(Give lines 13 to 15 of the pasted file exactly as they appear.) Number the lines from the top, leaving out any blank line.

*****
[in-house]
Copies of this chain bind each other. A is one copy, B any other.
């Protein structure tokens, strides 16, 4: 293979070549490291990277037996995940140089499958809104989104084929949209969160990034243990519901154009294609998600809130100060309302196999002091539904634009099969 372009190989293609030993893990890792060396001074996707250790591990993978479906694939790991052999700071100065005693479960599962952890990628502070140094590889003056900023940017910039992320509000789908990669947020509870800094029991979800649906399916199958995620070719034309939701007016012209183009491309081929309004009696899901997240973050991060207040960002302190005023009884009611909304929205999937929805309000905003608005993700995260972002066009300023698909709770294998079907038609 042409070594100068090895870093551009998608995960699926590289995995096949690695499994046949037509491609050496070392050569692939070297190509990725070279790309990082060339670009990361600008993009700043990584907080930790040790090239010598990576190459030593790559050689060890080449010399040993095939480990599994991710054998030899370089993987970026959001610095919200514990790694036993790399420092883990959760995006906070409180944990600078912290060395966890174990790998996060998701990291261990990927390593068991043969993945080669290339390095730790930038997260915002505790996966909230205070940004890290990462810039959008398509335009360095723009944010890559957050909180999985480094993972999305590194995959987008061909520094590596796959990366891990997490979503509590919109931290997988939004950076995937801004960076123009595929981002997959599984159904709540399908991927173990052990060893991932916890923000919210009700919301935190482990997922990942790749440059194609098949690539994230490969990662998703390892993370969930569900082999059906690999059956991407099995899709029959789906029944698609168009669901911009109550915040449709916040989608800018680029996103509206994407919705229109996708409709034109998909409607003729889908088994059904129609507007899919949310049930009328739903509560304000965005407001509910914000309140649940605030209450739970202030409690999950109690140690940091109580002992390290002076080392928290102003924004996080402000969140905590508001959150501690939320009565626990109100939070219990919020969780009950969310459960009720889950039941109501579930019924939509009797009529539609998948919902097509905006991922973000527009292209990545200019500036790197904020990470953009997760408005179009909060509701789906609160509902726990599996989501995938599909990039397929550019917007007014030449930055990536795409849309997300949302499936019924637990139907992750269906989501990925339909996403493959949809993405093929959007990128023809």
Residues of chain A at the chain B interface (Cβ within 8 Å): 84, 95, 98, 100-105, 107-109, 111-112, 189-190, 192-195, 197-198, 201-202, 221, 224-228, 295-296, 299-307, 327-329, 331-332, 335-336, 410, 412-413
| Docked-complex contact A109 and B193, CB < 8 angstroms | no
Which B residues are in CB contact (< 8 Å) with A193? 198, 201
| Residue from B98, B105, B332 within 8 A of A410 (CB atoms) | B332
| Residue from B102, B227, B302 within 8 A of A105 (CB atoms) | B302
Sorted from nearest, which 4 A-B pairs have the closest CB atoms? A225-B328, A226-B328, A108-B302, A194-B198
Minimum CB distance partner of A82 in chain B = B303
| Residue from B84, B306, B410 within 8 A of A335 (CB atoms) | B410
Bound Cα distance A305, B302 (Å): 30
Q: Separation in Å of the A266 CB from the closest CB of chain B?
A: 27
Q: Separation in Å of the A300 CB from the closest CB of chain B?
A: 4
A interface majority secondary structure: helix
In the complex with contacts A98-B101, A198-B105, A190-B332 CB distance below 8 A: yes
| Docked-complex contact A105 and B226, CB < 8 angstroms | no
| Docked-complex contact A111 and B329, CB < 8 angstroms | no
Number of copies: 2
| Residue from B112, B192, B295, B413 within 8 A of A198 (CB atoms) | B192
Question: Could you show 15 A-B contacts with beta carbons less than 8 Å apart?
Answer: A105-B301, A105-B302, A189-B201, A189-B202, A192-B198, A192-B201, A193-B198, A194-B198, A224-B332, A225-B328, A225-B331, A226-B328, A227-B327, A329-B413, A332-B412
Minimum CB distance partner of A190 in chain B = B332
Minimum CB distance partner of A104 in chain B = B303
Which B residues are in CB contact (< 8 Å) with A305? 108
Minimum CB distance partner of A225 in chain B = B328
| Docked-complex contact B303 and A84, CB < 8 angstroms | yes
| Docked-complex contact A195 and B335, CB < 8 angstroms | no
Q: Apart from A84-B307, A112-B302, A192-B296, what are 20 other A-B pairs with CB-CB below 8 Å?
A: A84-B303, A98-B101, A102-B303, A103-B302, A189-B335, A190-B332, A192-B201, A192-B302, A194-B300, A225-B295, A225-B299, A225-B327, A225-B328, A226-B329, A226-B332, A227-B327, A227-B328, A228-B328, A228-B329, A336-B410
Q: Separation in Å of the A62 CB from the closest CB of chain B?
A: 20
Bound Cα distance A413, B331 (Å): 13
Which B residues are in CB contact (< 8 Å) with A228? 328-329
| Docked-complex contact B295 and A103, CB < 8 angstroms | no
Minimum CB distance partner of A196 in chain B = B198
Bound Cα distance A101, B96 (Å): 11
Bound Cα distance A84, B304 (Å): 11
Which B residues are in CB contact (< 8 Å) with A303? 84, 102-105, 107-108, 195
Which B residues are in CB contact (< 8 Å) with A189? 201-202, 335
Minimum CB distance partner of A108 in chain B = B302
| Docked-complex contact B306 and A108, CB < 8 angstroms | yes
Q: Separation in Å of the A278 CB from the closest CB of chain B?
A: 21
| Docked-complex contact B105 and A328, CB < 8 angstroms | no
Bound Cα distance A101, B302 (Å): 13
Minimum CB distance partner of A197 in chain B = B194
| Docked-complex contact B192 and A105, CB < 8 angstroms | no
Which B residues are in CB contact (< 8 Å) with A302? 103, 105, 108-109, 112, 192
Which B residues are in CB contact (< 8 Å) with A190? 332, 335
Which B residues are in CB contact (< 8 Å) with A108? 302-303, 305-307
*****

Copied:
Q: Separation in Å of the A266 CB from the closest CB of chain B?
A: 27
Q: Separation in Å of the A300 CB from the closest CB of chain B?